Die trying, p.12
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       Die Trying, p.12

         Part #2 of Jack Reacher series by Lee Child
slower 1  faster
Chapter Twelve

  "HELL IS THIS?"Agent-in-Charge McGrath said.

  He thumbed the remote and rewound the tape. Then he pressed play and watched it again. But what he saw meant nothing at all. The video screens were filled with jerky speeding images and shashy white snow.

  "Hell is going on here?" he asked again.

  Brogan crowded in and shook his head. Milosevic pushed closer to look. He'd brought the tape in, so he felt personally responsible for it. McGrath hit rewind again and tried once more. Same result. Just a blur of disjointed flashing pictures.

  "Get the damn tech guy back in here," he shouted.

  Milosevic used the phone on the credenza next to the coffeepot. Called upstairs to tech services. The head tech was in the room within a minute. The tone of Milosevic's voice had told him to hurry more effectively than any words could have.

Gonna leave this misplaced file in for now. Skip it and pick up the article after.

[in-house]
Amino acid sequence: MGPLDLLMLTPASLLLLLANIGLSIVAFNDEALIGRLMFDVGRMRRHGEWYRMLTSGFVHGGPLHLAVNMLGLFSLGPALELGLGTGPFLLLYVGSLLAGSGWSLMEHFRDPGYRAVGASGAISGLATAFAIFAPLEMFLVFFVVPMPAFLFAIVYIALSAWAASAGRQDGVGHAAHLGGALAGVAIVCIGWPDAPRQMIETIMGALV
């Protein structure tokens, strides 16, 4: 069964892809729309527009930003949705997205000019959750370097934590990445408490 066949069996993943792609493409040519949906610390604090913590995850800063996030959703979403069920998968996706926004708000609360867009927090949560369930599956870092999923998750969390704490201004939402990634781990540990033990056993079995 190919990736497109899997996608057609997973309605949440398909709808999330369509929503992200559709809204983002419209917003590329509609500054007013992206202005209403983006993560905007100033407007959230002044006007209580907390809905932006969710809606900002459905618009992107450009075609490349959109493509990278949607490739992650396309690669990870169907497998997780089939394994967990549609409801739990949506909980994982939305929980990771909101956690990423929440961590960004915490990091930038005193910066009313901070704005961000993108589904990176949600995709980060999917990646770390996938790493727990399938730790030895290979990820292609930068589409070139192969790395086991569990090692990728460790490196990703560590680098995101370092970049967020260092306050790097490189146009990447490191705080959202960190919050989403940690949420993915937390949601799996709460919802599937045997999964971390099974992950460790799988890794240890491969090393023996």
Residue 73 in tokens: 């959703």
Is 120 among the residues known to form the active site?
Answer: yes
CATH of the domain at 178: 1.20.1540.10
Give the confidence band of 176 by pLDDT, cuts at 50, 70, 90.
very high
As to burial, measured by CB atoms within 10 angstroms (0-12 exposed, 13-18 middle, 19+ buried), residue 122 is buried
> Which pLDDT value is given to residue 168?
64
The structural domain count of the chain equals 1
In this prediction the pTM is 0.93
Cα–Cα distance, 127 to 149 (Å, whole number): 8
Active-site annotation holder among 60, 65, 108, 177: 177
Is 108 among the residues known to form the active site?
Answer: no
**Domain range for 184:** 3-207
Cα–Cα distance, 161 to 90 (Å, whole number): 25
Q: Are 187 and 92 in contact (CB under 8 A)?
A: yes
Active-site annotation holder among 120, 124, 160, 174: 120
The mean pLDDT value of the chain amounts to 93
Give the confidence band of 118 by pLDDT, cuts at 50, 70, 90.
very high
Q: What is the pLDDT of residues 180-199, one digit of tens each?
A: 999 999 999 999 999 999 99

"Damn tape won't run properly," McGrath told him.

  The technician took the remote in his hand with that blend of familiarity and unfamiliarity that tech guys use the world over. They're all at home with complex equipment, but each individual piece has its own peculiarities. He peered at the buttons and pressed rewind, firmly, with a chewed thumb. The tape whirred back and he pressed play and watched the disjointed stream of flashing images and video snow.

  "Can you fix that?" McGrath asked him.

  The tech stopped the tape and hit rewind again. Shook his head.